When Elder Reeve was six years old his father removed from Virginia to Kentucky, and settled in Mason county, about six miles below Maysville and near the Ohio river, whose waters were then disturbed only by the light canoe of the Red Man and the clumsy keels of the Whites. When quite young he was sent to school until he learned to spell, read and write with tolerable proficiency. When sufficiently old to work, he employed his time mainly in agricultural pursuits, yet he went to school more or less each winter until he arrived at manhood. He then attended a kind of high school for a year or two, in which, by diligent application, he acquired what was then regarded as an excellent English education. Soon after completing his studies he was married to Miss Elizabeth D. Driskell. She subsequently followed him into the Reformation, and has long since preceded him to the Spirit land.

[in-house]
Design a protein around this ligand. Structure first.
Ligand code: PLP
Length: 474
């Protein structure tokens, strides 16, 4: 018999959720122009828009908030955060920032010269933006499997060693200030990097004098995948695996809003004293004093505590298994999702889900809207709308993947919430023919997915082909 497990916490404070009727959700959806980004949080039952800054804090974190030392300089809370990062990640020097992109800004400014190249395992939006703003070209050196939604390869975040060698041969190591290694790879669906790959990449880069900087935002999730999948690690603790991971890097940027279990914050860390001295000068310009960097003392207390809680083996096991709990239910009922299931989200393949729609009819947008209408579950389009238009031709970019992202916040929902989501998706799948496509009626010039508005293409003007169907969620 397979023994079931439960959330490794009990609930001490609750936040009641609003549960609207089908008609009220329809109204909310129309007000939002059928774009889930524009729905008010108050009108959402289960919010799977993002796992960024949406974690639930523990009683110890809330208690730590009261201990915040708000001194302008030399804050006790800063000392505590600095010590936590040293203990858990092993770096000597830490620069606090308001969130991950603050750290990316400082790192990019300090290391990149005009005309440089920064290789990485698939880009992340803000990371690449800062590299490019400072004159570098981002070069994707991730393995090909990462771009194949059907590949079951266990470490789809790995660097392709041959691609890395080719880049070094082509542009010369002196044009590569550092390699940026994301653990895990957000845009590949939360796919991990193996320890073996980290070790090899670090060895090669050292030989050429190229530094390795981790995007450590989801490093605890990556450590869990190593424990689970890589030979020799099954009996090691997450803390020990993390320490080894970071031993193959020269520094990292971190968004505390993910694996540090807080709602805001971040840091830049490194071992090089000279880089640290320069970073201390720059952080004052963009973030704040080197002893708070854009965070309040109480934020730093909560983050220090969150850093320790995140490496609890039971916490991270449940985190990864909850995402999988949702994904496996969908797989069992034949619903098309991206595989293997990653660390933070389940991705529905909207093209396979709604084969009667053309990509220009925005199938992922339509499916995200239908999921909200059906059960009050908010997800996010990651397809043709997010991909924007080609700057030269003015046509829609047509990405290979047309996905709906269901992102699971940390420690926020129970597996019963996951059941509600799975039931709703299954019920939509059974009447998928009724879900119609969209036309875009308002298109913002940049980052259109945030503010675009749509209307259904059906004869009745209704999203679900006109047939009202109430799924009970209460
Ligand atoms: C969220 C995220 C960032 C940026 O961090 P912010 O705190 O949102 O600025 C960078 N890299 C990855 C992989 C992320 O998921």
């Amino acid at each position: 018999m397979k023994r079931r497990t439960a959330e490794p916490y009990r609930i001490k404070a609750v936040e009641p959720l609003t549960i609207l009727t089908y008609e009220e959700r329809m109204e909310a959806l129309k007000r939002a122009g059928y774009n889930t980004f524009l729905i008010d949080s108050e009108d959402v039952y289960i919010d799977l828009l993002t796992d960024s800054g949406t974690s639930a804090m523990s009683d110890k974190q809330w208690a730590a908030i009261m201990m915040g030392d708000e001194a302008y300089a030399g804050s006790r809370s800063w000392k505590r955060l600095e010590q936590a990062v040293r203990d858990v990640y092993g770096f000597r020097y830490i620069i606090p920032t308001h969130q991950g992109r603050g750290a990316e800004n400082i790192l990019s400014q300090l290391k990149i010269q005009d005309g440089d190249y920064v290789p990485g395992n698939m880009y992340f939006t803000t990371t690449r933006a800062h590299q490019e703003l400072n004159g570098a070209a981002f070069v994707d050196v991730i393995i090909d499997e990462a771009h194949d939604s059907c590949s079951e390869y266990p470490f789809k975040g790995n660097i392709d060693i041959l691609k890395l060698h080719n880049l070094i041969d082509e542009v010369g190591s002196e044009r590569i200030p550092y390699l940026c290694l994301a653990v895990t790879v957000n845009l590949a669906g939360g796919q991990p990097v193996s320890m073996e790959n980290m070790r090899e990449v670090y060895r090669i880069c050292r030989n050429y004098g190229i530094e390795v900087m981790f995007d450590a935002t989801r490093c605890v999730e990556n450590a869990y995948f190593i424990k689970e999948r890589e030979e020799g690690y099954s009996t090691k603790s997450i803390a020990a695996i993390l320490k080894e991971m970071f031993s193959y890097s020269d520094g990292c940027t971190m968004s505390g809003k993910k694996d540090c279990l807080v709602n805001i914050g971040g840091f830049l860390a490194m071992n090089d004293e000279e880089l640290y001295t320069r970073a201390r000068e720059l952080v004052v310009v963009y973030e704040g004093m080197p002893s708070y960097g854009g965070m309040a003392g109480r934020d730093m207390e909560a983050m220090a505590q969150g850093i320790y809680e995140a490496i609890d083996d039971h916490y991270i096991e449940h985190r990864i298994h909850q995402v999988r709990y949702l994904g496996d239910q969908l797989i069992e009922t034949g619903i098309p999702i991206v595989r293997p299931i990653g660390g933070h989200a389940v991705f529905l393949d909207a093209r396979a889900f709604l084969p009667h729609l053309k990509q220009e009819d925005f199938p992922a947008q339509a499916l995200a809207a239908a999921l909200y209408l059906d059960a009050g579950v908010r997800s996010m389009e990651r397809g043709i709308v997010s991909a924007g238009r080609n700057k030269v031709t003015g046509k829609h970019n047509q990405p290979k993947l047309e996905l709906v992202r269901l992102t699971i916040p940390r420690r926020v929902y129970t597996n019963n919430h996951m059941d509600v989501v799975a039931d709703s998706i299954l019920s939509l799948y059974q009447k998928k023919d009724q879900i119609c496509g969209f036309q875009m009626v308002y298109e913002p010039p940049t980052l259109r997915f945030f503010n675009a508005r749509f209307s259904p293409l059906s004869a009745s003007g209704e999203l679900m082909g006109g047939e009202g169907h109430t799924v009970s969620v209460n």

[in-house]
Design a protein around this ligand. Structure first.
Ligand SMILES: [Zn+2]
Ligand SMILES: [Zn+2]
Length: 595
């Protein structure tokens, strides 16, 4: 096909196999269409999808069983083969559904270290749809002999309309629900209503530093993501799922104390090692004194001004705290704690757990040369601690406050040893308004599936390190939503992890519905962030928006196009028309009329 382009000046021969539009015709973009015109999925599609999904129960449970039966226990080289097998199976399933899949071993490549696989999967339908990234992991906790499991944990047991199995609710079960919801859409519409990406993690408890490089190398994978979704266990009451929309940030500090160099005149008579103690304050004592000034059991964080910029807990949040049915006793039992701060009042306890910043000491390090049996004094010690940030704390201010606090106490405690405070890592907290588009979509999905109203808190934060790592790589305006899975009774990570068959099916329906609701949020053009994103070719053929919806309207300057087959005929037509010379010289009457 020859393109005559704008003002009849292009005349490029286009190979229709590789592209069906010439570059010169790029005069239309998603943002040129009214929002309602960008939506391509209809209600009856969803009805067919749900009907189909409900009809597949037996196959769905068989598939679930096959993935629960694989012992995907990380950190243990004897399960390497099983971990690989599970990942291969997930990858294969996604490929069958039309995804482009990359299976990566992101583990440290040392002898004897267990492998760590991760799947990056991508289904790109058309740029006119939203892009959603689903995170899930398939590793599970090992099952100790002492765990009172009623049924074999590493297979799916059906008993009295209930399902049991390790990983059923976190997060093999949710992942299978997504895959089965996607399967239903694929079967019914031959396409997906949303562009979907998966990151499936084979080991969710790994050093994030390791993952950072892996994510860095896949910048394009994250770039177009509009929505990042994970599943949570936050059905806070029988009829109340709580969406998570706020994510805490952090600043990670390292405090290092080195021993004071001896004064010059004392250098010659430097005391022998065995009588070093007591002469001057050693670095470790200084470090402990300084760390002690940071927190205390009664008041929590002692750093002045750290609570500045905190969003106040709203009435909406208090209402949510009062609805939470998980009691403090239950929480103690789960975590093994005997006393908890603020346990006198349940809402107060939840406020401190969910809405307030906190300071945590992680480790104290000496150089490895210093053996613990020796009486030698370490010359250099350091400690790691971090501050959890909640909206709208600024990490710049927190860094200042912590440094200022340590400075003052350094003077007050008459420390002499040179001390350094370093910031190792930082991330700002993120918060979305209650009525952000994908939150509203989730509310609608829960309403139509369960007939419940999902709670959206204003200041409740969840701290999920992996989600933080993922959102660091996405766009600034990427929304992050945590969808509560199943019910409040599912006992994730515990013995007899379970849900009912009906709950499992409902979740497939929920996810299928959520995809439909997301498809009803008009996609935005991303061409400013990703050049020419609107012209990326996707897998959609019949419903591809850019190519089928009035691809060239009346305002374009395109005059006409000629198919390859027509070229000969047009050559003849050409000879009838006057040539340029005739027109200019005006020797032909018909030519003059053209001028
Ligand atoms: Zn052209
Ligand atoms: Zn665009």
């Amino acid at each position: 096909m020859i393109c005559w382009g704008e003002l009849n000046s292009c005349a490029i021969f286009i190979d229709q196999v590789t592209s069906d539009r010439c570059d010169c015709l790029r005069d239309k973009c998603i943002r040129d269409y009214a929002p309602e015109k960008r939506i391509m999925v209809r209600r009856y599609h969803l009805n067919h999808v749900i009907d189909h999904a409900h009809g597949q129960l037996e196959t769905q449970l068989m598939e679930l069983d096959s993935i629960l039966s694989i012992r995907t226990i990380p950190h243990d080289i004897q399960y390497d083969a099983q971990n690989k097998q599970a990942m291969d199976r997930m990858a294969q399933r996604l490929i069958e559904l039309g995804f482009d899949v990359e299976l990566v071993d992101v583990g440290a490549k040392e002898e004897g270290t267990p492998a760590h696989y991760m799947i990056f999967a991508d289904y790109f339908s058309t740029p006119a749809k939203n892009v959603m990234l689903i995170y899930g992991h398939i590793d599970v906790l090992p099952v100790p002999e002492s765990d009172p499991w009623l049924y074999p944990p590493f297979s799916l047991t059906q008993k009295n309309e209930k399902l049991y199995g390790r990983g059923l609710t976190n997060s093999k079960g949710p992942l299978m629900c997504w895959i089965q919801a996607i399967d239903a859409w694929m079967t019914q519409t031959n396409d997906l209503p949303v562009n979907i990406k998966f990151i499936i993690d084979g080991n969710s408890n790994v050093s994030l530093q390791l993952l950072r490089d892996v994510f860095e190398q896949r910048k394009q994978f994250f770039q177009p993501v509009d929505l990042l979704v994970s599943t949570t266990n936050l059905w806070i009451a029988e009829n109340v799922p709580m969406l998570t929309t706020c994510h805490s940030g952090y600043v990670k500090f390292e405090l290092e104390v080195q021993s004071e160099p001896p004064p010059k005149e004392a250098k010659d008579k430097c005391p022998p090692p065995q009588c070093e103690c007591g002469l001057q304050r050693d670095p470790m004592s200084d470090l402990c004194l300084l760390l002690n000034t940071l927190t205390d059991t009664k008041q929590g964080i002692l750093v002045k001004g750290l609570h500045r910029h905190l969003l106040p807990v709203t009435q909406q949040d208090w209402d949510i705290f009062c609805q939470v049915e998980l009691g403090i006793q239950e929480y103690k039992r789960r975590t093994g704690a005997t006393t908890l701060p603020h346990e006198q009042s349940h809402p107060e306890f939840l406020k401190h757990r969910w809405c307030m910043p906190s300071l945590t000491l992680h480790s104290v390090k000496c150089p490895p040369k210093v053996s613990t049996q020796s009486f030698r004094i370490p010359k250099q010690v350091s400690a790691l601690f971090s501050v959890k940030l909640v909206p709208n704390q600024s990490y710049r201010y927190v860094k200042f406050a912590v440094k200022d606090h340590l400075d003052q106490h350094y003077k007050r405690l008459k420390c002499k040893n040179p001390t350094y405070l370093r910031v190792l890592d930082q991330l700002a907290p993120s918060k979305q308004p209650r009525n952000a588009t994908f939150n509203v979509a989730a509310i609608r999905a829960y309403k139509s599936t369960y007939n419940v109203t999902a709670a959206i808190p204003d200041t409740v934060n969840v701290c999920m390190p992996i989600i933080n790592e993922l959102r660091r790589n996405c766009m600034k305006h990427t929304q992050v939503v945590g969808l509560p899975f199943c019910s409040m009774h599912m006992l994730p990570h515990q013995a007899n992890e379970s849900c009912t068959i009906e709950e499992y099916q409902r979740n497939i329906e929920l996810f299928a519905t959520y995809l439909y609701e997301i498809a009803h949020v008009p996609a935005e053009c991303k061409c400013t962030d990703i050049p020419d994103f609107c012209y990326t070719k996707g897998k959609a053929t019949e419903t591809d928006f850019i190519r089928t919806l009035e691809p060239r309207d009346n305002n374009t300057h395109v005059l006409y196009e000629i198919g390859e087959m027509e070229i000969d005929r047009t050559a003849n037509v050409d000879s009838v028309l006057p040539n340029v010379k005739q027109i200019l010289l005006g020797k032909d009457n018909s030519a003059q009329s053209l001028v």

After his marriage he engaged in the business of teaching, which he prosecuted successfully and exclusively for fifteen years. At the expiration of that time he abandoned the profession, having demonstrated by actual experiment that, by teaching, he could make no more than a bare living for himself and his family.